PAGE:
Phillis Wheatley lived between 1753 to December 5, 1784. She made a name as the first ever-published African American poet as well as the first African American female writer to be published in the United States. She was sold into slavery from her native country Senegal in West Africa to North America. The Wheatley family, who purchased her as a slave, educated her. The family decided to educate her after observing her brilliancy. She was given every type of support she needed by the Wheatley family who also adopted her as their daughter. She made good use of the opportunity to demonstrate her superior writing skills.
She was brought to the United States as a slave at the age of eight, and was named Phillis after the ship that brought her to the country. Mary, the first Wheatley daughter, educated her on how to read and write. Nathaniel another member of the family also helped her in her educational pursuit. She was given enough education at that time, more than what other slaves gained. She was able to read, write, and speak. Works of such people like Virgil, Horace, Hommer, John Milton, as well as Pope Alexander influenced her. Because of the education and support by the Wheatley family, she was able to master Latin as well as Greek languages. She started to write poems and was so intelligent that her first work was published when she was just twelve years. She wrote several poems, which were published in different journals then. Her later works, covering various subjects such as religion and morals, gained notoriety and were published in the year 1793.
She was legally freed from slavery through her masters will and subsequently got married to John Peters, another freed slave of that era, turned grocer. Phillis and John struggled with poverty and the death of their two babies. John was imprisoned for debt in the year 1784 and Phillis was forced into menial labor to sustain herself and her infant son. She died in December 5 1784.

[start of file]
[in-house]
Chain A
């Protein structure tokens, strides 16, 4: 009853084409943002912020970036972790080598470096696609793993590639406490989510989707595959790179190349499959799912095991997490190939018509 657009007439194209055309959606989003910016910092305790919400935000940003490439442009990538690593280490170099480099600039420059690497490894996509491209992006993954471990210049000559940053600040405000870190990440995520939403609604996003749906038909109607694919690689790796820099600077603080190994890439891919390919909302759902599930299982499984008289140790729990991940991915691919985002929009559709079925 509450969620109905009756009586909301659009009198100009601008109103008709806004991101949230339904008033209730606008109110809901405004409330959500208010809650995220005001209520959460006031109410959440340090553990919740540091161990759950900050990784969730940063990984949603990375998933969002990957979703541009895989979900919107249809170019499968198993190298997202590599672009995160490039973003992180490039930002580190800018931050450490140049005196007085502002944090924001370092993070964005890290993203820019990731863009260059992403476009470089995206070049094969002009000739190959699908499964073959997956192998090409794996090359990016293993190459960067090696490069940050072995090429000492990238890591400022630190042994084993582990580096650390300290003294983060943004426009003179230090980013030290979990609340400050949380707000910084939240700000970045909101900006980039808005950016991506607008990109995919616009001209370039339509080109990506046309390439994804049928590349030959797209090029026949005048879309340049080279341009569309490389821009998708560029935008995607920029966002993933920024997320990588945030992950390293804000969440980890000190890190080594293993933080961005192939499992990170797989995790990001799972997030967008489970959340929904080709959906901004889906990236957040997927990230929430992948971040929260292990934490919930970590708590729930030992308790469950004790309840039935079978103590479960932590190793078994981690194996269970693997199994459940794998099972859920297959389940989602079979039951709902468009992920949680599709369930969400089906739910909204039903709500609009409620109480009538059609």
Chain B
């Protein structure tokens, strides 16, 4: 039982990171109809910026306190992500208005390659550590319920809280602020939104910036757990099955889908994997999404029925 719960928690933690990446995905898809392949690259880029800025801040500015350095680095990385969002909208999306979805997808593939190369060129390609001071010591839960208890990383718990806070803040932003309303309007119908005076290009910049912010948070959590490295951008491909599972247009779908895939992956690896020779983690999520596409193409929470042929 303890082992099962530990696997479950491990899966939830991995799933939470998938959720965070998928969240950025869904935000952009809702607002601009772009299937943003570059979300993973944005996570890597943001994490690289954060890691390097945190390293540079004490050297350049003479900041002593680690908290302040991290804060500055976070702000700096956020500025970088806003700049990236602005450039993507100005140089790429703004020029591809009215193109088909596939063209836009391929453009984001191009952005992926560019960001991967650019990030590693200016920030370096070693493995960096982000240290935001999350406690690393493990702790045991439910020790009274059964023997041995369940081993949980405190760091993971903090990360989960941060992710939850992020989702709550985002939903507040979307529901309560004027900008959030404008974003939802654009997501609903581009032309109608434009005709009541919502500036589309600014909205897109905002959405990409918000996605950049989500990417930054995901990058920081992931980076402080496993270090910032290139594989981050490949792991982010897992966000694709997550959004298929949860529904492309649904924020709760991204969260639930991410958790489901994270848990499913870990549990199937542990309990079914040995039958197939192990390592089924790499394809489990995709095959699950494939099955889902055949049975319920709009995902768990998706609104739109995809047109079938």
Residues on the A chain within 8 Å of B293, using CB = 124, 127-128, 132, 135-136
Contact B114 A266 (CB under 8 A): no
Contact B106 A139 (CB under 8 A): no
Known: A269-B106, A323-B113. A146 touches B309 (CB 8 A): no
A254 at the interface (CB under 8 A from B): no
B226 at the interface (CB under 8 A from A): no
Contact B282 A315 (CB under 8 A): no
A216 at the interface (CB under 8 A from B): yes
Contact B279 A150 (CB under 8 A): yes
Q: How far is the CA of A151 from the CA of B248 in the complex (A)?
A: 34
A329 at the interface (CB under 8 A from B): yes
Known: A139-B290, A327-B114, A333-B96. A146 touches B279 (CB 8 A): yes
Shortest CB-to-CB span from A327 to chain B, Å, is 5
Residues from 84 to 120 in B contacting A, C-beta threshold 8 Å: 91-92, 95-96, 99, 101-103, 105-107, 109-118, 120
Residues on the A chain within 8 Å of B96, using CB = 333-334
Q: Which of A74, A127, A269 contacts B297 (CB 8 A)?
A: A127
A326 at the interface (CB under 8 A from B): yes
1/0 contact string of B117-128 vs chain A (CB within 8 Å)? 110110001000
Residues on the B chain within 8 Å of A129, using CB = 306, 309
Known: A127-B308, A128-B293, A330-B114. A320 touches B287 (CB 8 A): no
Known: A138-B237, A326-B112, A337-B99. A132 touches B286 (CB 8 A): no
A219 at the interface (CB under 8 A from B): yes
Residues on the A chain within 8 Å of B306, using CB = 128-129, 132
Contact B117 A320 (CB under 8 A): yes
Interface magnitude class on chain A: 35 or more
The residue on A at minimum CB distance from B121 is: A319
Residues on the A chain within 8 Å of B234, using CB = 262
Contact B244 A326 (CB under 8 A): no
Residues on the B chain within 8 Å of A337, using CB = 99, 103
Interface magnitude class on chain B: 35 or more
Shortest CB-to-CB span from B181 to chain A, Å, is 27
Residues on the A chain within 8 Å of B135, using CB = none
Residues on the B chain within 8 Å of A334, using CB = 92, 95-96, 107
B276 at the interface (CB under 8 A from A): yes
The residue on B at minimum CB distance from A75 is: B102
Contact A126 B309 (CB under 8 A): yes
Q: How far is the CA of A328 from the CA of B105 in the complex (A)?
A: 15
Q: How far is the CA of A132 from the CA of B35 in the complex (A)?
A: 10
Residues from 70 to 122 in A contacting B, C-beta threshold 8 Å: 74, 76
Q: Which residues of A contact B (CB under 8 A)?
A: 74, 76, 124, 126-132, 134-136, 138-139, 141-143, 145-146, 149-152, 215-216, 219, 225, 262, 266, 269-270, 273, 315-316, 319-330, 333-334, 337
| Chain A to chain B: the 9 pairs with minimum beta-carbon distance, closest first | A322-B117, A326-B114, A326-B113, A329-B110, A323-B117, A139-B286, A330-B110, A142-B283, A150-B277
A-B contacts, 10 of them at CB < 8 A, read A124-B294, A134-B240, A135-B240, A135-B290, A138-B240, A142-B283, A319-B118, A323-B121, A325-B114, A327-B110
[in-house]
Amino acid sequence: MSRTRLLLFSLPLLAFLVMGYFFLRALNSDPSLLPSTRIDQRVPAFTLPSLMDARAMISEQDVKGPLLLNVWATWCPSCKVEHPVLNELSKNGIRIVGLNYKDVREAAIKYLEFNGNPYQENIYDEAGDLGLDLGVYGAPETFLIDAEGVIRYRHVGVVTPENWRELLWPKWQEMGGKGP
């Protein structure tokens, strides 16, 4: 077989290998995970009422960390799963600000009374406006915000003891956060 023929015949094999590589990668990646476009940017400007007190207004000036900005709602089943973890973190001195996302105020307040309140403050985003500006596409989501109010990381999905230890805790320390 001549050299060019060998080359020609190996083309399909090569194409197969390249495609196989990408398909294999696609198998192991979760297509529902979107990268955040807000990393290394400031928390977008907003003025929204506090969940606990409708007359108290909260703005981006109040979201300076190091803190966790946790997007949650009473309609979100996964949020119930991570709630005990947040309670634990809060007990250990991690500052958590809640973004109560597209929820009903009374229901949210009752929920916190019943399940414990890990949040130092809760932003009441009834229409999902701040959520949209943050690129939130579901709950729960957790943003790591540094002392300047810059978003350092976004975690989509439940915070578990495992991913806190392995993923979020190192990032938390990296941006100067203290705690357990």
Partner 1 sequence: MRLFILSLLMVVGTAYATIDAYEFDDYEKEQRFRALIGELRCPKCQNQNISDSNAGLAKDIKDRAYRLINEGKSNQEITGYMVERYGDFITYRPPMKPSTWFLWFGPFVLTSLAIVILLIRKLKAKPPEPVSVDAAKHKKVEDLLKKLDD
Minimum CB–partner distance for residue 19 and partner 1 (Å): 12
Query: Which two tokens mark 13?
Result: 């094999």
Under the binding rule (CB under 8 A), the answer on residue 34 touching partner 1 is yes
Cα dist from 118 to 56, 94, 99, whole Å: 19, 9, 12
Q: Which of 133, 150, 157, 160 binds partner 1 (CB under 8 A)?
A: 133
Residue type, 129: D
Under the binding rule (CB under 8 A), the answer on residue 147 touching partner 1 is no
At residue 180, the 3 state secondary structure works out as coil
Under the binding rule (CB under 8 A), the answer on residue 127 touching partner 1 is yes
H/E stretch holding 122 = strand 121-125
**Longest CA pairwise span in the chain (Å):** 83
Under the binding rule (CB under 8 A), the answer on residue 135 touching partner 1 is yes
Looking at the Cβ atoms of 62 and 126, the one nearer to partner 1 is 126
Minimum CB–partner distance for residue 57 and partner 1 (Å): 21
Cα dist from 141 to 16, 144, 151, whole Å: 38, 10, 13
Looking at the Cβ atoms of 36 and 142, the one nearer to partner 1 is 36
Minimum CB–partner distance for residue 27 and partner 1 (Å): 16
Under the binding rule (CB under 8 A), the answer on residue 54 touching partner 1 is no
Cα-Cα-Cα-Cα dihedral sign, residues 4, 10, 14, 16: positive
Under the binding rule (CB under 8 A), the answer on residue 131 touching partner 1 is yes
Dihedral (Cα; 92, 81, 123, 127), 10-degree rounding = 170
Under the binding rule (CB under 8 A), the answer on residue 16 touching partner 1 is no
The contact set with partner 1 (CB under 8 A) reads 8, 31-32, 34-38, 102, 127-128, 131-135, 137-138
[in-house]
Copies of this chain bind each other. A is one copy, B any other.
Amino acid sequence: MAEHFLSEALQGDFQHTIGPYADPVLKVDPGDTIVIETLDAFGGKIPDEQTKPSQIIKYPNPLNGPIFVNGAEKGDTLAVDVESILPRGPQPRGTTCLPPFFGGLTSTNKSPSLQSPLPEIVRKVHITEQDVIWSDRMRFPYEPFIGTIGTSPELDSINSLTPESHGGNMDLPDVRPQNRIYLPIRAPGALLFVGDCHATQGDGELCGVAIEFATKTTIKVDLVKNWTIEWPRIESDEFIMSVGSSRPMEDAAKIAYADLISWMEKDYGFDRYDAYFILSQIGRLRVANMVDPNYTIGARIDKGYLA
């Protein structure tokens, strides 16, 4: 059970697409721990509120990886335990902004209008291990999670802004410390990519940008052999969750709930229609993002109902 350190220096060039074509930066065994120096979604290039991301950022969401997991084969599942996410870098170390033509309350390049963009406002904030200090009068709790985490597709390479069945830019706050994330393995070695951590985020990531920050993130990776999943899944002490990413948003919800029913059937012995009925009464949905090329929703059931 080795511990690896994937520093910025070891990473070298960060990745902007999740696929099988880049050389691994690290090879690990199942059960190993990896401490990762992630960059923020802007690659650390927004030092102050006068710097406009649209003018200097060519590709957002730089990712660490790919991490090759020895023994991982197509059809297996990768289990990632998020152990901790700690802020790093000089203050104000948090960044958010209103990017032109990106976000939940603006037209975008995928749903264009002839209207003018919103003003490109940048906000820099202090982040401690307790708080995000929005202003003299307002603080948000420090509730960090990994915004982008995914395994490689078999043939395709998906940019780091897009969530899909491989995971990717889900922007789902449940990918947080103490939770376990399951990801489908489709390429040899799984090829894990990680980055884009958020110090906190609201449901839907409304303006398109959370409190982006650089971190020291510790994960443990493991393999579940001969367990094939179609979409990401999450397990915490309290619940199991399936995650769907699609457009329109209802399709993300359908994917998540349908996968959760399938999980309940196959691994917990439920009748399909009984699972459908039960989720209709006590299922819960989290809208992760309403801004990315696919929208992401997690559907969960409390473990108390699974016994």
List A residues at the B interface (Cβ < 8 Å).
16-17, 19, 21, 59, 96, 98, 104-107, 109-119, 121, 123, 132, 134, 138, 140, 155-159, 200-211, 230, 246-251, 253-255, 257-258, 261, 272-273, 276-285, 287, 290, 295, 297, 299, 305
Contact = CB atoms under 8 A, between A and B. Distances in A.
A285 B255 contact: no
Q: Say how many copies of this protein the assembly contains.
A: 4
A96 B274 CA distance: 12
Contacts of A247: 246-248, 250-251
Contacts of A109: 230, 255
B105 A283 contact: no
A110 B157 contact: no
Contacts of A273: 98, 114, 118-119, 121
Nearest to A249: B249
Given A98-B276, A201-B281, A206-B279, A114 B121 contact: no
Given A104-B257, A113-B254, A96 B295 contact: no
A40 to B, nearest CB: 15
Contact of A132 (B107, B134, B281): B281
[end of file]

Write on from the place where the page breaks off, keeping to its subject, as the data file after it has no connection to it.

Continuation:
Her published work
As said, she published her first work at the age of 12. The work was about two men who nearly ended in the sea as they were about to be drowned. The work was found in the Newport Mercury. She soon followed with other great works. These works increased her popularity.
Her most important work, which was published in 1773, was the booktitled Poems on Various Subjects. Her mistress Susanna Wheatley financed the book. In part, this book was significant because 17 Boston men had to endorse the work before it was actually published by the author. This work was relevant in several ways. First was that it was a landmark presentation by an African-American woman. Also, it was interesting to see the American story told by a slave woman. She became the first African to publish, as well as the third woman in the country ever to publish.